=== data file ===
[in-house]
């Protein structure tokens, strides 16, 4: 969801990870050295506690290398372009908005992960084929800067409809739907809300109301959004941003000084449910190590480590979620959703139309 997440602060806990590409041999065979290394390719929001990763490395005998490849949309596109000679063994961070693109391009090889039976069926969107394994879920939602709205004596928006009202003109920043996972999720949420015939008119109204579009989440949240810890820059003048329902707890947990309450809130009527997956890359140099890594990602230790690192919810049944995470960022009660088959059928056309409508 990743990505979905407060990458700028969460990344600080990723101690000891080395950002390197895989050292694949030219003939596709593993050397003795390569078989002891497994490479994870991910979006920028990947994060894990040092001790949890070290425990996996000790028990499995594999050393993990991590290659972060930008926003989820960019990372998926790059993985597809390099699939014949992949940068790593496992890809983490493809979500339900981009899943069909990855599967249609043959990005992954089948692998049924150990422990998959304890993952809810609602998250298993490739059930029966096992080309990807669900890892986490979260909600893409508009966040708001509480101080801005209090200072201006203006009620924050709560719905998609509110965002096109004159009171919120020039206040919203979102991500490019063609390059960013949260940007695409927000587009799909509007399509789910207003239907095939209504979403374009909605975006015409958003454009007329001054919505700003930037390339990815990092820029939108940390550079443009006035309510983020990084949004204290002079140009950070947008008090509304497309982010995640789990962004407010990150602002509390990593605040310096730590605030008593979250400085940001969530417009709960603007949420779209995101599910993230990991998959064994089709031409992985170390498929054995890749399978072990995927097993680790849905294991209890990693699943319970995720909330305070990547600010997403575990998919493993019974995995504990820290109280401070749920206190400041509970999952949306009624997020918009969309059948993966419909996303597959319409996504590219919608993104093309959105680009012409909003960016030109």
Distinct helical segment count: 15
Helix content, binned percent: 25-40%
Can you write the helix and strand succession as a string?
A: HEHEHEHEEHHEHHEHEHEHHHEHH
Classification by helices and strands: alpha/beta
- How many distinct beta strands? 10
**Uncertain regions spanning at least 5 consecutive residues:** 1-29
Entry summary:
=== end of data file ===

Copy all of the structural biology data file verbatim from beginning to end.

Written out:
[in-house]
């Protein structure tokens, strides 16, 4: 969801990870050295506690290398372009908005992960084929800067409809739907809300109301959004941003000084449910190590480590979620959703139309 997440602060806990590409041999065979290394390719929001990763490395005998490849949309596109000679063994961070693109391009090889039976069926969107394994879920939602709205004596928006009202003109920043996972999720949420015939008119109204579009989440949240810890820059003048329902707890947990309450809130009527997956890359140099890594990602230790690192919810049944995470960022009660088959059928056309409508 990743990505979905407060990458700028969460990344600080990723101690000891080395950002390197895989050292694949030219003939596709593993050397003795390569078989002891497994490479994870991910979006920028990947994060894990040092001790949890070290425990996996000790028990499995594999050393993990991590290659972060930008926003989820960019990372998926790059993985597809390099699939014949992949940068790593496992890809983490493809979500339900981009899943069909990855599967249609043959990005992954089948692998049924150990422990998959304890993952809810609602998250298993490739059930029966096992080309990807669900890892986490979260909600893409508009966040708001509480101080801005209090200072201006203006009620924050709560719905998609509110965002096109004159009171919120020039206040919203979102991500490019063609390059960013949260940007695409927000587009799909509007399509789910207003239907095939209504979403374009909605975006015409958003454009007329001054919505700003930037390339990815990092820029939108940390550079443009006035309510983020990084949004204290002079140009950070947008008090509304497309982010995640789990962004407010990150602002509390990593605040310096730590605030008593979250400085940001969530417009709960603007949420779209995101599910993230990991998959064994089709031409992985170390498929054995890749399978072990995927097993680790849905294991209890990693699943319970995720909330305070990547600010997403575990998919493993019974995995504990820290109280401070749920206190400041509970999952949306009624997020918009969309059948993966419909996303597959319409996504590219919608993104093309959105680009012409909003960016030109």
Distinct helical segment count: 15
Helix content, binned percent: 25-40%
Can you write the helix and strand succession as a string?
A: HEHEHEHEEHHEHHEHEHEHHHEHH
Classification by helices and strands: alpha/beta
- How many distinct beta strands? 10
**Uncertain regions spanning at least 5 consecutive residues:** 1-29
Entry summary: